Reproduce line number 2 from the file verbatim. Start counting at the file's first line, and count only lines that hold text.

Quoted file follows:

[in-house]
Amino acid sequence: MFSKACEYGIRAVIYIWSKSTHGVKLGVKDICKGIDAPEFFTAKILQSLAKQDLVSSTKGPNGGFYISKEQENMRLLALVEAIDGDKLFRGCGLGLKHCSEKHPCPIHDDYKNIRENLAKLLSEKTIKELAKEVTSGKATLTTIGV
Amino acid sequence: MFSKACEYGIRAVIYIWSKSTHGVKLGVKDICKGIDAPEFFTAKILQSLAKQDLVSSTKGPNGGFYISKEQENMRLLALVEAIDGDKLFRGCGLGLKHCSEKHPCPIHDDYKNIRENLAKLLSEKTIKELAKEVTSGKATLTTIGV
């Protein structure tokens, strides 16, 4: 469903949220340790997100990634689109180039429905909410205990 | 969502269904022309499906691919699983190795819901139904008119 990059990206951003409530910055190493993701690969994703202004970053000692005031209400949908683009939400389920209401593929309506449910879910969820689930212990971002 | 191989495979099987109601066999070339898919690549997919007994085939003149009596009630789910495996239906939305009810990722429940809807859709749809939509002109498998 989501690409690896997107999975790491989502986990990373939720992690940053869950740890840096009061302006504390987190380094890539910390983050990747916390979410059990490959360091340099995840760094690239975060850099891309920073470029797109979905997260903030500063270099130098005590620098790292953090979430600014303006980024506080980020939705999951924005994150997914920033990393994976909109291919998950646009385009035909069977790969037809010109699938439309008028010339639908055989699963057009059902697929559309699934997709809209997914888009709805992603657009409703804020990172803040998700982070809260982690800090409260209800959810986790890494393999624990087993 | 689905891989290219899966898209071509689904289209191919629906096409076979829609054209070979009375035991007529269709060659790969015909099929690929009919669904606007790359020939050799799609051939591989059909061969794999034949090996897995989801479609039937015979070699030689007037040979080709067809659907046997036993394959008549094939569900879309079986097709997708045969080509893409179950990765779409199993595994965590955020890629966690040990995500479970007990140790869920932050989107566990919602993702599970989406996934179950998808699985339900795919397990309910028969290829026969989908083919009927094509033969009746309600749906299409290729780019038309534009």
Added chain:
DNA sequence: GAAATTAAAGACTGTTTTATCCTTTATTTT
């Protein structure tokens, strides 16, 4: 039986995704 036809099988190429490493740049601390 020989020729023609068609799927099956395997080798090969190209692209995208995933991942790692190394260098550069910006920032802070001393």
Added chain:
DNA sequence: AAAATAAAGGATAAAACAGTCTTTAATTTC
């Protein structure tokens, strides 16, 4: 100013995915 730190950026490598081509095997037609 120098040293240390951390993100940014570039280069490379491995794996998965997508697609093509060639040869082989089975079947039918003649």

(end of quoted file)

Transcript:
Amino acid sequence: MFSKACEYGIRAVIYIWSKSTHGVKLGVKDICKGIDAPEFFTAKILQSLAKQDLVSSTKGPNGGFYISKEQENMRLLALVEAIDGDKLFRGCGLGLKHCSEKHPCPIHDDYKNIRENLAKLLSEKTIKELAKEVTSGKATLTTIGV